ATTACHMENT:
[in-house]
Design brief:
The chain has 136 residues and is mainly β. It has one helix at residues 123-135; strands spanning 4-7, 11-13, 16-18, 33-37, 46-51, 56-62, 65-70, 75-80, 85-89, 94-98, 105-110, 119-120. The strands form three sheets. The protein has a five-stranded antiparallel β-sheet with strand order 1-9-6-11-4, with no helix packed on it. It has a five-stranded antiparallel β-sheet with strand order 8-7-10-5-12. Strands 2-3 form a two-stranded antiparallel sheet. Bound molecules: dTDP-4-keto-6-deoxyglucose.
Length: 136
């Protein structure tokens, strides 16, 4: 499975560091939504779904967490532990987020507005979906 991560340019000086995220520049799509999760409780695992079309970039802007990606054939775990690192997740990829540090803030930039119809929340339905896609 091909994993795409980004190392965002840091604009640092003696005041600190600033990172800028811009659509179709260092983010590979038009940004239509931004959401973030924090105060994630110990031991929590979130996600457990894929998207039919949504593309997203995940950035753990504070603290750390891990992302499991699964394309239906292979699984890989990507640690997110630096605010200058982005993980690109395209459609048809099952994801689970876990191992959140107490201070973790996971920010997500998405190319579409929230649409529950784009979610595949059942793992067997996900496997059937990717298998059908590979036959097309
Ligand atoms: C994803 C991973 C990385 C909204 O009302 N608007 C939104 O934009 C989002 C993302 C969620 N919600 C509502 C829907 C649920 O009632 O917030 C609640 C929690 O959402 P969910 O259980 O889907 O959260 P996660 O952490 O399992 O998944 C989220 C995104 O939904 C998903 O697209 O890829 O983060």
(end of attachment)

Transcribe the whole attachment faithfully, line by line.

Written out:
[in-house]
Design brief:
The chain has 136 residues and is mainly β. It has one helix at residues 123-135; strands spanning 4-7, 11-13, 16-18, 33-37, 46-51, 56-62, 65-70, 75-80, 85-89, 94-98, 105-110, 119-120. The strands form three sheets. The protein has a five-stranded antiparallel β-sheet with strand order 1-9-6-11-4, with no helix packed on it. It has a five-stranded antiparallel β-sheet with strand order 8-7-10-5-12. Strands 2-3 form a two-stranded antiparallel sheet. Bound molecules: dTDP-4-keto-6-deoxyglucose.
Length: 136
């Protein structure tokens, strides 16, 4: 499975560091939504779904967490532990987020507005979906 991560340019000086995220520049799509999760409780695992079309970039802007990606054939775990690192997740990829540090803030930039119809929340339905896609 091909994993795409980004190392965002840091604009640092003696005041600190600033990172800028811009659509179709260092983010590979038009940004239509931004959401973030924090105060994630110990031991929590979130996600457990894929998207039919949504593309997203995940950035753990504070603290750390891990992302499991699964394309239906292979699984890989990507640690997110630096605010200058982005993980690109395209459609048809099952994801689970876990191992959140107490201070973790996971920010997500998405190319579409929230649409529950784009979610595949059942793992067997996900496997059937990717298998059908590979036959097309
Ligand atoms: C994803 C991973 C990385 C909204 O009302 N608007 C939104 O934009 C989002 C993302 C969620 N919600 C509502 C829907 C649920 O009632 O917030 C609640 C929690 O959402 P969910 O259980 O889907 O959260 P996660 O952490 O399992 O998944 C989220 C995104 O939904 C998903 O697209 O890829 O983060």